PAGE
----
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While it is definitely a sedan—albeit a fastback—another good example is the new 2018 Honda Accord, which feels like a fresh and different approach to this once-great segment. I’m all for automakers taking risks, so this is good to see.

3rd Gear: Chrysler Dropped The ‘Plug-In’ Because People Are Dumb

Meanwhile! In minivan-land, Automotive News has noticed that Chrysler doesn’t call its electrified minivan the Pacifica Plug-In Hybrid everywhere. It’s just the Hybrid in most places, even though it does plug in, and that’s because Americans are scared shitless of the plug concept and running out of juice.

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Except in cool and hip California!

Fiat Chrysler Automobiles has taken a curious approach to marketing the only minivan in the U.S. that can run on a rechargeable battery: just call the Pacifica model a hybrid, and leave out the plug-in part.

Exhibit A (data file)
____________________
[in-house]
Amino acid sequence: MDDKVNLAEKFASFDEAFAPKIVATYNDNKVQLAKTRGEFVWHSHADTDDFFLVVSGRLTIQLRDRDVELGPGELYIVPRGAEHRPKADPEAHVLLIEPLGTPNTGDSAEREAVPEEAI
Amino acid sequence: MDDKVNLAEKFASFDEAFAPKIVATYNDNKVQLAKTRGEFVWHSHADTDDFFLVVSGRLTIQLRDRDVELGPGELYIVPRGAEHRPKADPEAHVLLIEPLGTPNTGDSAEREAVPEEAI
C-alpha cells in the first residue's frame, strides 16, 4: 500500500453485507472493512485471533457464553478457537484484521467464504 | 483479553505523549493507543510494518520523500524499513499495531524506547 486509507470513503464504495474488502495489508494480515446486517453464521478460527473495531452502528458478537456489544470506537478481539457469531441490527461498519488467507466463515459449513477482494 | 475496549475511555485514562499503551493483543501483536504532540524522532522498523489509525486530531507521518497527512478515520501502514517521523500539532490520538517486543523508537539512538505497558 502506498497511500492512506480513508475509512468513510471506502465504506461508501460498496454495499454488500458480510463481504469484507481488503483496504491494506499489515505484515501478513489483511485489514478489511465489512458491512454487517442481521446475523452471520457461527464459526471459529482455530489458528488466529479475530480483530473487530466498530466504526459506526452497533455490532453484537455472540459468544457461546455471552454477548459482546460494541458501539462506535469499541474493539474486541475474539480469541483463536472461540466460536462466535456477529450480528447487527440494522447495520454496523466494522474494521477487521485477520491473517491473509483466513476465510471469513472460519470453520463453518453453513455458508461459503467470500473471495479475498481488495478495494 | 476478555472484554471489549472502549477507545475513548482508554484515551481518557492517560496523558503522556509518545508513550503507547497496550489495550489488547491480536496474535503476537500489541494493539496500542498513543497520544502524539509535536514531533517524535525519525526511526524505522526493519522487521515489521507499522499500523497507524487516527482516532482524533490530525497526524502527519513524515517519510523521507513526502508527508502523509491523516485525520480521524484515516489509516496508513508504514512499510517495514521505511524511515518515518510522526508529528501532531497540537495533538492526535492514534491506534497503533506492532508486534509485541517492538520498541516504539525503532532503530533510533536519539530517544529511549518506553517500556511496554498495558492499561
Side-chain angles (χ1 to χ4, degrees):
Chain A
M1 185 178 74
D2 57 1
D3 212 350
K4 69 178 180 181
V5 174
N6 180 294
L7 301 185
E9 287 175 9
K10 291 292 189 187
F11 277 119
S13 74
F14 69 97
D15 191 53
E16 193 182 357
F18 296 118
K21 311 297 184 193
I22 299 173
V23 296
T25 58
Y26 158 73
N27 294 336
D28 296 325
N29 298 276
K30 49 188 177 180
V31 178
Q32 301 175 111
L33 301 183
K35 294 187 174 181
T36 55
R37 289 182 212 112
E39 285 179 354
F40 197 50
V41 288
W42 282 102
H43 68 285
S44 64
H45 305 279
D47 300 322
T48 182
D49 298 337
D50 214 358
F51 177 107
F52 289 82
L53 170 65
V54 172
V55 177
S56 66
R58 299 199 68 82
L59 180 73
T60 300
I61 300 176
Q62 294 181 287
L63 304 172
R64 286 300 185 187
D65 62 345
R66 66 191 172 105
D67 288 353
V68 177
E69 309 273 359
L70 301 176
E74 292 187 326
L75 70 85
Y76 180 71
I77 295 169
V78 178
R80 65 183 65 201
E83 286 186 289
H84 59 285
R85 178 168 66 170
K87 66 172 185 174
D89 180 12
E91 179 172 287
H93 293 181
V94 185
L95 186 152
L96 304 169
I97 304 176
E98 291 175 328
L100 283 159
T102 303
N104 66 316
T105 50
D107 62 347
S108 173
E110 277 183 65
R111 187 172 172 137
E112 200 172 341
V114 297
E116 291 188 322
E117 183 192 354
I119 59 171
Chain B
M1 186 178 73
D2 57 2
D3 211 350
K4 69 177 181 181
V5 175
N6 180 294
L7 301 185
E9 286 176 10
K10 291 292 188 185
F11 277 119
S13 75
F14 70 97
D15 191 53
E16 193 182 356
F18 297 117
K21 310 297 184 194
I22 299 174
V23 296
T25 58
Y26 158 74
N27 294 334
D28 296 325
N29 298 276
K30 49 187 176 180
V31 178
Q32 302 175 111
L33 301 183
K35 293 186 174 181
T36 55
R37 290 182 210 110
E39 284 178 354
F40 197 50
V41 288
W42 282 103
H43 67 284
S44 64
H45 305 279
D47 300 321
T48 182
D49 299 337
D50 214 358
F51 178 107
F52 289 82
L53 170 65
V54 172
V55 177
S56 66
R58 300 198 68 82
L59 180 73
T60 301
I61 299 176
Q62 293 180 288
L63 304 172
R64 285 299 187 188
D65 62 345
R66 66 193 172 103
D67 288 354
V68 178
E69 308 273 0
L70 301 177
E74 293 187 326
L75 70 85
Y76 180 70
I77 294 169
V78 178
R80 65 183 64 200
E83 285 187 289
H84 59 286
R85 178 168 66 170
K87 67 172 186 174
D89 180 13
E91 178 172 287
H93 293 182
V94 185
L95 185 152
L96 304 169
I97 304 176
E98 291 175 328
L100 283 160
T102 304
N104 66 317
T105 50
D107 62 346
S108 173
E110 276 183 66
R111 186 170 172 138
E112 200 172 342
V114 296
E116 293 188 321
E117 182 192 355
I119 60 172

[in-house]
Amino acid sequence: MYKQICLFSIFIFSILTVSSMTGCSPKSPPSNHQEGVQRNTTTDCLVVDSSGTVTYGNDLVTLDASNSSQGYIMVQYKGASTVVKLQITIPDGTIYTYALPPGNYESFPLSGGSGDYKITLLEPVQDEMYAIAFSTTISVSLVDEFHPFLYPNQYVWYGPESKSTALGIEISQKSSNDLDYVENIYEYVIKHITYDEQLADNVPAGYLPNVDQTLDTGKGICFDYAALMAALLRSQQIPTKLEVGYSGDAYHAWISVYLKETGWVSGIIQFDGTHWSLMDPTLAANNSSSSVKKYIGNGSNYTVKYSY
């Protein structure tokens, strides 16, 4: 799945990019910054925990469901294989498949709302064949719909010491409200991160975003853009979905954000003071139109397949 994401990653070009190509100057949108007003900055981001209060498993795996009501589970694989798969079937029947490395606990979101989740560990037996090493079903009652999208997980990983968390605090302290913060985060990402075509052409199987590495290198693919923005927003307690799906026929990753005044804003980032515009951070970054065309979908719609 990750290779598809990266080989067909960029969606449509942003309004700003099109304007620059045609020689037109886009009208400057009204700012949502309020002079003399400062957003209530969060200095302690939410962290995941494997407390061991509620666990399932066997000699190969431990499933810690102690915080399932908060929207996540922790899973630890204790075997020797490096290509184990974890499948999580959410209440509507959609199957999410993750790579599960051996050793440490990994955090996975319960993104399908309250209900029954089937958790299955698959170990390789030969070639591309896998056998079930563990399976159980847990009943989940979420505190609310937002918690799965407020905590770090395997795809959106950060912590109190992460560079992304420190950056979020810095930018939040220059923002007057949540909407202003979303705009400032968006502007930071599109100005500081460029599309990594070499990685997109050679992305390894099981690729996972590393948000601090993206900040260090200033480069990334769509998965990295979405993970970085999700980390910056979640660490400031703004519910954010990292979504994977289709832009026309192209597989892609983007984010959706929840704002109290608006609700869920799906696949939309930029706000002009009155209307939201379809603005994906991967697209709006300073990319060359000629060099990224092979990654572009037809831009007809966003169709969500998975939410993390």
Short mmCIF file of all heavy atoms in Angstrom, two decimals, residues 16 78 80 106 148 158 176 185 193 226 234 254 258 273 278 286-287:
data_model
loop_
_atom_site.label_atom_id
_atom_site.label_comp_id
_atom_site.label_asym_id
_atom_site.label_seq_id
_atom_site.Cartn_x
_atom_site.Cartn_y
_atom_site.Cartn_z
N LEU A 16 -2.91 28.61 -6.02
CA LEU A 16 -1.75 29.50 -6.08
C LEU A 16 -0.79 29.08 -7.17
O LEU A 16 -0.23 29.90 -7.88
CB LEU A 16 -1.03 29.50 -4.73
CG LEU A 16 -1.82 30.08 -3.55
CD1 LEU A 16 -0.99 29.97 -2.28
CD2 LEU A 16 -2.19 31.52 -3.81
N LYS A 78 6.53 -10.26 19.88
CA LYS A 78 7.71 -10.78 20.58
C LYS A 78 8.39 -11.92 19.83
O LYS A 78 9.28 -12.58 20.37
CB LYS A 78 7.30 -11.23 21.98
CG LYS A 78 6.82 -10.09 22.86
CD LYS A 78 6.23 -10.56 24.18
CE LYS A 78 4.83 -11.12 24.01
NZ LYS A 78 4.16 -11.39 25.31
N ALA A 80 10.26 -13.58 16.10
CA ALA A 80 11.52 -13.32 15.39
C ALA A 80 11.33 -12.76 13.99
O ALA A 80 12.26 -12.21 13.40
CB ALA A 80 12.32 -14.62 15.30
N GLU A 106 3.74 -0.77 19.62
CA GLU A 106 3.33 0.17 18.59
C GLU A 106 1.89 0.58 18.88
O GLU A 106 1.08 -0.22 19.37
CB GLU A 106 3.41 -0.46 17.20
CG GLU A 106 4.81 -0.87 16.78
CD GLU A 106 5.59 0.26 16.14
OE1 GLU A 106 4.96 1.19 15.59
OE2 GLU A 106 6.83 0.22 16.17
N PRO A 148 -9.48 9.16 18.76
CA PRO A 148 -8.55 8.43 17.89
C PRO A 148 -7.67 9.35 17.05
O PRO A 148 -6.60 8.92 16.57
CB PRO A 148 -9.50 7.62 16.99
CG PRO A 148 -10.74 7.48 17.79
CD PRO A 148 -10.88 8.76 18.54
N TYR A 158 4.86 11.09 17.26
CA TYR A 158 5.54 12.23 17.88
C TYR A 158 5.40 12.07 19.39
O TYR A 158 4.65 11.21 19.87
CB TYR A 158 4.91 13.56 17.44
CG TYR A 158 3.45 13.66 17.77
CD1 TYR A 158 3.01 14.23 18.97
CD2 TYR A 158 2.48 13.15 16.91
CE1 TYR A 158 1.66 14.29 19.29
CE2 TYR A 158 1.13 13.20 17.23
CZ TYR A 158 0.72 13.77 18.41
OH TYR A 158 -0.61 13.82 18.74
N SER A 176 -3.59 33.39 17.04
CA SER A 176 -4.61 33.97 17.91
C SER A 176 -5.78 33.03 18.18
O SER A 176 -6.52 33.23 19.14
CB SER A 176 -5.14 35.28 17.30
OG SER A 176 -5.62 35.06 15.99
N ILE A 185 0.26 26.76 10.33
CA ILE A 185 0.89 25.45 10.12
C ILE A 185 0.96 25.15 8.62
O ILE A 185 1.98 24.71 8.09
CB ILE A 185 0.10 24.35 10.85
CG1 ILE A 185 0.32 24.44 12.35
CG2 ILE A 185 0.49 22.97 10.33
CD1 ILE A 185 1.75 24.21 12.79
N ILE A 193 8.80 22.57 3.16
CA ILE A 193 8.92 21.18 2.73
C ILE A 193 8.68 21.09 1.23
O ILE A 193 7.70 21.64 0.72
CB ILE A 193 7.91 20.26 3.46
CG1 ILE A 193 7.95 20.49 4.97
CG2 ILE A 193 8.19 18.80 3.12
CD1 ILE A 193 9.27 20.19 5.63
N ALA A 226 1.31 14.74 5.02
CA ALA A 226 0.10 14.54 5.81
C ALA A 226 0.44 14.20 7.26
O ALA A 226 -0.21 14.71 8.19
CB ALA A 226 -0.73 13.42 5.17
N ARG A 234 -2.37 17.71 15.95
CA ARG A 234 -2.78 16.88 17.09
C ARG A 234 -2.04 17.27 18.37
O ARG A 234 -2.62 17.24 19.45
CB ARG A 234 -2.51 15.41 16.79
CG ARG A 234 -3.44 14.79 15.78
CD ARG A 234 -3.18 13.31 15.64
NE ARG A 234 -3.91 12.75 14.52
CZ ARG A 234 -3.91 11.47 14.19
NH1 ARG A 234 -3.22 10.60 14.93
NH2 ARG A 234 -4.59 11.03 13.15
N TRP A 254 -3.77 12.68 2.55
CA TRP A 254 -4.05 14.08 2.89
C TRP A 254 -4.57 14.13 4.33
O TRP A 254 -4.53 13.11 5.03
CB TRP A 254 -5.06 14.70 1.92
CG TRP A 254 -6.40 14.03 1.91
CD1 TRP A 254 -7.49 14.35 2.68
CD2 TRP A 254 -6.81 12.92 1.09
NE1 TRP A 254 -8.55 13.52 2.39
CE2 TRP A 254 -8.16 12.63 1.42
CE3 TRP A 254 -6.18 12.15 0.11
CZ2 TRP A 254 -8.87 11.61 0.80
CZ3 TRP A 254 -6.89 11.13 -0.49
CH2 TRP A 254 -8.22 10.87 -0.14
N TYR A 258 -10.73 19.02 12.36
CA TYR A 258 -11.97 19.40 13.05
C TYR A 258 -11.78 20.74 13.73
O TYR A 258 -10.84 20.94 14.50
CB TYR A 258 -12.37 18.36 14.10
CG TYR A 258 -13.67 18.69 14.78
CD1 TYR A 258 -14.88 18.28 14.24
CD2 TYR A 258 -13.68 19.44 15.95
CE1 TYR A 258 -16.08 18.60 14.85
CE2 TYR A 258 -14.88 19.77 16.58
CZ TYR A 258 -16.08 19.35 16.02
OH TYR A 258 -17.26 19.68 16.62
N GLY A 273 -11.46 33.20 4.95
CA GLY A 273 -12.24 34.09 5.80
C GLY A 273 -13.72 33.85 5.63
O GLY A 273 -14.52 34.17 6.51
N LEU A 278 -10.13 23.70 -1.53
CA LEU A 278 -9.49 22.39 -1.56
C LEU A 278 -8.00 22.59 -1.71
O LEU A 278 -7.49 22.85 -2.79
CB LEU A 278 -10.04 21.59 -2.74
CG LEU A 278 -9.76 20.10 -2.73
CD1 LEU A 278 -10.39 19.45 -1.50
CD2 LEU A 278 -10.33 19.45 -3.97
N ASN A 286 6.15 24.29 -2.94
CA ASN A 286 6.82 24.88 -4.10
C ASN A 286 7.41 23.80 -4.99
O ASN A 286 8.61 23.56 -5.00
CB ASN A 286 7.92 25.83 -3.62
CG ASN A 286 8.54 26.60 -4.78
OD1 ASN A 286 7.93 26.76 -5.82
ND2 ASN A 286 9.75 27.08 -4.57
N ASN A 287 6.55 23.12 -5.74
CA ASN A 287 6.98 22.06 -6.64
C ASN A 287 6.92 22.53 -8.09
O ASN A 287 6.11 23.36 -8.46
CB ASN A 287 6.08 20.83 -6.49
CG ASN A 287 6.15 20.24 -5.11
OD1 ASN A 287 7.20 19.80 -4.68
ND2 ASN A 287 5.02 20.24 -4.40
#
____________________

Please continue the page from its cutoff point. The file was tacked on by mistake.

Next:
The omission is a deliberate one by the automaker’s marketing team because so many Americans still associate the word “plug-in” with risk of running out of battery. It will make one exception though, starting Thursday, in a single state: California.

The contingent of California buyers that are interested understand the value of plug-in hybrids, said Jessica Caldwell, a Santa Monica-based analyst with auto-market researcher Edmunds. In addition to being more fuel efficient than conventional hybrids, they qualify for bigger government incentives.